$$\begin{aligned} \mathcal {L}(\theta , \phi ; \mathbf {x}_i) = {-}\, \mathbb {KL}(q_\phi (\mathbf {z}|\mathbf {x}_i)\Vert p_0 (\mathbf {z})) {+}\, \mathbb {E}_{q}\left[ \log p_\theta (\mathbf {x}_i|\mathbf {z})\right] .\nonumber \\ \end{aligned}$$
(2)

Anomaly detection can be applied in a number of ways. Firstly, the reconstruction term can be used to compare the input and output of the model. However, novel images can be reconstructed in unexpected ways and therefore may not always be detected (Denouden et al. 2018). Additionally, the KL divergence can be used as another measure. More recently, the Mahalanobis distance has also been used for out of distribution detection (Denouden et al. 2018). This is a method of calculating the distance from a pre-defined distribution. The Mahalanobis distance is described as:

$$\begin{aligned} D^2 = (\mathbf {z}_t {-}\, \bar{\mathbf {z}})^T \varSigma ^{-1}(\mathbf {z}_t {-}\, \bar{\mathbf {z}}), \end{aligned}$$
(3)

where \(\bar{\mathbf {z}}\) and \(\varSigma \) are the optimal mean vector and covariance matrix, while \(\mathbf {z}_t\) is the sampled variable. The Mahalanobis distance is the foundation of the Hotelling \(T^2\) statistic, which has been applied to in-situ monitoring in AM (Grasso and Colosimo 2017).

The Mahalanobis distance can be calculated directly from the latent variables of the VAE. However, Principal Component Analysis (PCA) can also be applied to calculate a reduced dimensionality, which is widely applied in process monitoring on higher dimensional data (Kourti and MacGregor 1995). The PCA reconstruction error, also referred to as the Square Prediction Error (SPE), can then be used to detect any out of distribution data (Kourti and MacGregor 1995).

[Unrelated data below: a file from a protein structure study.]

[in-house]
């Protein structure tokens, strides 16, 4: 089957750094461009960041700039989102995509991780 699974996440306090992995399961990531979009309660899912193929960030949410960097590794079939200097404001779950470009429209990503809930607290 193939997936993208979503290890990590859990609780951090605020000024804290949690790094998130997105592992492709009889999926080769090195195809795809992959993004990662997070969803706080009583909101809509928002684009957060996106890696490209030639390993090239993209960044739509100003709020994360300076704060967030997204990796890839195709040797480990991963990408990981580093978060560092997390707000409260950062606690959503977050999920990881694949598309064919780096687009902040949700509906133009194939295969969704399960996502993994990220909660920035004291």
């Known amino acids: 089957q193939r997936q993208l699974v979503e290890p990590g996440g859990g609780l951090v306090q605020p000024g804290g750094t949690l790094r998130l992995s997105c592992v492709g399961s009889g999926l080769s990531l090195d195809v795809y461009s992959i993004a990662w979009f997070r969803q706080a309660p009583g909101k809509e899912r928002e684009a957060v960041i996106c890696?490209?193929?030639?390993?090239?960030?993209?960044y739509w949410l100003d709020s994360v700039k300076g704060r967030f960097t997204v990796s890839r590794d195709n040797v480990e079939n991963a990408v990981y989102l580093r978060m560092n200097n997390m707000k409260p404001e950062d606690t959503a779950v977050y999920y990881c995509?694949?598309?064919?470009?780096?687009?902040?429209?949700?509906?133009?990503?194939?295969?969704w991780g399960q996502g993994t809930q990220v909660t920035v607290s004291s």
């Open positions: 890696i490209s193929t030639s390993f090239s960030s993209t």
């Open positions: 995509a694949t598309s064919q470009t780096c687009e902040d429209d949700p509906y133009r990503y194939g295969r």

In the present study, the latter approach was applied to the VAE benchmark model, where the \(\beta \)-VAE implementation is followed (Higgins et al. 2016). PCA was applied to the mean of the latent variables of the training data, where 99.9% of the variance was preserved. The Mahalanobis distance was then calculated using the preserved n components. The resulting error metrics calculated at each time step are the \(D^2\) score, SPE, KL divergence and VAE reconstruction error.

Variational recurrent neural network

The graphical illustration of a first order SSM can be seen in Fig. 2c. The introduction of latent variables overcomes the severe limitations of the AR model, similar to the VAE, where a higher level abstraction can be achieved. If the latent variables are considered Gaussian then the SSM becomes the linear dynamical system leading to the Kalman Filter, while the discrete case results in the Hidden Markov Model (HMM) (Bishop 2006).

RNNs have more expressive power than the linear SSM structure and are capable of modelling complex sequences with longer time dependencies (Chung et al. 2015). The RNN can be considered as a non-linear mapping, which recursively processes a sequence while maintaining a hidden state, \(\mathbf {h}\):